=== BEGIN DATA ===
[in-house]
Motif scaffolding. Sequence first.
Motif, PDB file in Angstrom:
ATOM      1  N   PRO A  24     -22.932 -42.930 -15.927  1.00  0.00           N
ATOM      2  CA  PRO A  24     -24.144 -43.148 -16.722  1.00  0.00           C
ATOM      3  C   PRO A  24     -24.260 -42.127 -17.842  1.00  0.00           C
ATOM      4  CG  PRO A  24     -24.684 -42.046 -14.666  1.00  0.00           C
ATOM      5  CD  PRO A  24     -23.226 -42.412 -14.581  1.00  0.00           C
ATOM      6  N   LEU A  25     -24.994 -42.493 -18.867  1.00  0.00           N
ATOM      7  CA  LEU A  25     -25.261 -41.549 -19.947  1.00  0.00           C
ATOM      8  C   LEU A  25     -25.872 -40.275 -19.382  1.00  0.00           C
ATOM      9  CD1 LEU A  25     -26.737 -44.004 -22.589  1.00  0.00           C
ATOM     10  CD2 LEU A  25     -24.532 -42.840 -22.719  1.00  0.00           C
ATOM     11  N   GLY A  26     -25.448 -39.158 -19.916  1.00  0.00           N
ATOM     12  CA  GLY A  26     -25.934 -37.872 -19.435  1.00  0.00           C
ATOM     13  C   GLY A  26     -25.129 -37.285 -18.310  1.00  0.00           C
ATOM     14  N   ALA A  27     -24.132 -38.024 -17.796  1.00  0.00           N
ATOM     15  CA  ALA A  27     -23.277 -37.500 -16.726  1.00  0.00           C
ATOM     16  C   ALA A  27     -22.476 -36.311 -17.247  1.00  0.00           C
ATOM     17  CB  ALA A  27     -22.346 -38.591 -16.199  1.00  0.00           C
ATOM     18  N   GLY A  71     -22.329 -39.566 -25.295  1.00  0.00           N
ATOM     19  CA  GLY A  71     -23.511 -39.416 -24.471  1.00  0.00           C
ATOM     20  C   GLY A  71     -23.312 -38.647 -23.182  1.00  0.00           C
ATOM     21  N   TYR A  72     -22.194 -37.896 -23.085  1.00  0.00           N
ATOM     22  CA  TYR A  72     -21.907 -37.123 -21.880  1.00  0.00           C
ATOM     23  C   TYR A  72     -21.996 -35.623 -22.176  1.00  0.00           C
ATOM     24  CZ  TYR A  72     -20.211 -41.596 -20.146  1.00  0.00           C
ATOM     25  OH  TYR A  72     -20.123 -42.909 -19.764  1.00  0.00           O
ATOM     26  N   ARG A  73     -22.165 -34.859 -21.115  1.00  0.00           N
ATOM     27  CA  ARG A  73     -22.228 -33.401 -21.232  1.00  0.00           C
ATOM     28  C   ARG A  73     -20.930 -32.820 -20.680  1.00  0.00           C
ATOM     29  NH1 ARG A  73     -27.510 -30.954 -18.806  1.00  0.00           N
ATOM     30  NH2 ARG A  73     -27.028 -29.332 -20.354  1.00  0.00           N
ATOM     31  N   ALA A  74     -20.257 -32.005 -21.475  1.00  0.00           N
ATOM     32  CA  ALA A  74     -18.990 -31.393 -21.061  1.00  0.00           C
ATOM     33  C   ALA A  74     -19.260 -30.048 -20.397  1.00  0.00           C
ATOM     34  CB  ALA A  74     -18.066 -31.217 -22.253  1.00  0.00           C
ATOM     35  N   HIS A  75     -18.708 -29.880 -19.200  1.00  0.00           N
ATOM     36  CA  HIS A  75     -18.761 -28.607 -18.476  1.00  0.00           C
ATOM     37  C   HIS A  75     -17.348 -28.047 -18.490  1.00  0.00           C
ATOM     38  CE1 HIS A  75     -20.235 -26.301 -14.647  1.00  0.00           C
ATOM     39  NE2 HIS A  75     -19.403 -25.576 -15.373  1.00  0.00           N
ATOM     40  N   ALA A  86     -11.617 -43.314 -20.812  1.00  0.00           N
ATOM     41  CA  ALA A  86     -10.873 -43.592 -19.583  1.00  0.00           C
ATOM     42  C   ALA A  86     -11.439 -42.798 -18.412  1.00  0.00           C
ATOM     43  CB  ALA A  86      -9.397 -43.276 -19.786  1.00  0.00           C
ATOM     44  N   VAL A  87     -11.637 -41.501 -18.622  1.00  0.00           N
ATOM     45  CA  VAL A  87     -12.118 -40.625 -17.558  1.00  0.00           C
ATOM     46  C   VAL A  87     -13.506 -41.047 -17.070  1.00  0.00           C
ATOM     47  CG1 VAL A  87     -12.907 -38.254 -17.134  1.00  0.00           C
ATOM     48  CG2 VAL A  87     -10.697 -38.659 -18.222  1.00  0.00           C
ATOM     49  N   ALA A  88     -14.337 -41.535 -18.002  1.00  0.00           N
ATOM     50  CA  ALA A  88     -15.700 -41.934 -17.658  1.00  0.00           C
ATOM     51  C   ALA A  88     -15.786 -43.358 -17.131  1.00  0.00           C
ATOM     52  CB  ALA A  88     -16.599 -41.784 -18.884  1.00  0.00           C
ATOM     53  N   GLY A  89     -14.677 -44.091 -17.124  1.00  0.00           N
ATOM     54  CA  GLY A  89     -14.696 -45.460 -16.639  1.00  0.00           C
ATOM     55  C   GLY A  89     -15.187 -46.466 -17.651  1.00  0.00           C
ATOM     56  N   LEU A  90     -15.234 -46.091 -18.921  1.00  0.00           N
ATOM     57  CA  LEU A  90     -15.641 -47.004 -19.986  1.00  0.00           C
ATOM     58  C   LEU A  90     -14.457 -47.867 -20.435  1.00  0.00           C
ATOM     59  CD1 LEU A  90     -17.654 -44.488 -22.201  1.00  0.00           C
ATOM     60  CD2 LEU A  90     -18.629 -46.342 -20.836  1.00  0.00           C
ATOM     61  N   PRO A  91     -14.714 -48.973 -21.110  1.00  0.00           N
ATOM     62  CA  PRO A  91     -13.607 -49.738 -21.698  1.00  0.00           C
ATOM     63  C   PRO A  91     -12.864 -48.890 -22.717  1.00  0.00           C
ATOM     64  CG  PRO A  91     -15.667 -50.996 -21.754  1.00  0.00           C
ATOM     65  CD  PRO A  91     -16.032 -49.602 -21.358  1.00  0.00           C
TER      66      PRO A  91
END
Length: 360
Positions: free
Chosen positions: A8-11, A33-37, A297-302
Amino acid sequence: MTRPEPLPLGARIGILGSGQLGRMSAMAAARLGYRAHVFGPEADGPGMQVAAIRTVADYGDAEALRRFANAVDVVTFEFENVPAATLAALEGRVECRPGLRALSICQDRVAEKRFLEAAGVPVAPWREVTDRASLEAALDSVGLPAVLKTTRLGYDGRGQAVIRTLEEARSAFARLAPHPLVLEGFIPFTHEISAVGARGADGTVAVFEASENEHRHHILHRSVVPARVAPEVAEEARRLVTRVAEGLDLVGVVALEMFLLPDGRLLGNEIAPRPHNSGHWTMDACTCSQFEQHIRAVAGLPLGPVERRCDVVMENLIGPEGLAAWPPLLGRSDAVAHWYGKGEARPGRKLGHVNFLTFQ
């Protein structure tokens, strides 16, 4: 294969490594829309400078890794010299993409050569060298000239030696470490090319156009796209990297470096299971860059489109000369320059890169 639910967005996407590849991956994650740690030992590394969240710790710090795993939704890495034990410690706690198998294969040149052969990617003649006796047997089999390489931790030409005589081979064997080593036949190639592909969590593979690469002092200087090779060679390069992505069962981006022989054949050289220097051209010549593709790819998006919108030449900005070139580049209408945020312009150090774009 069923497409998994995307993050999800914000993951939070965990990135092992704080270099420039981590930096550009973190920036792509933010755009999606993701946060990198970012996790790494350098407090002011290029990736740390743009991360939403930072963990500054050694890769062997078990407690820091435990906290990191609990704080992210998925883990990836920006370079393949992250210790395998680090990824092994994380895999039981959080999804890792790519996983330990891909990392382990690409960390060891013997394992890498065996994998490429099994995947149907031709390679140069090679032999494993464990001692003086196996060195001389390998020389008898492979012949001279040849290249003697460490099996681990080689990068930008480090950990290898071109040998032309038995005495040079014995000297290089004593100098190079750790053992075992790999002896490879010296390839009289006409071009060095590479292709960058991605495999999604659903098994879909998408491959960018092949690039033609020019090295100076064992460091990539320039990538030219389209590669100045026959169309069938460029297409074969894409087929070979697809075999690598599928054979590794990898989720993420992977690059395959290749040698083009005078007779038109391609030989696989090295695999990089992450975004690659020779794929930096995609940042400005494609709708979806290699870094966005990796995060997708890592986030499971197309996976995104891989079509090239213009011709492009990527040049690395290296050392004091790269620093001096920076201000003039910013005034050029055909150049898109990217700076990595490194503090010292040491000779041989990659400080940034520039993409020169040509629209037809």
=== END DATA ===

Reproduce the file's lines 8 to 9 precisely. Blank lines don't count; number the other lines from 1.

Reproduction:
ATOM      5  CD  PRO A  24     -23.226 -42.412 -14.581  1.00  0.00           C
ATOM      6  N   LEU A  25     -24.994 -42.493 -18.867  1.00  0.00           N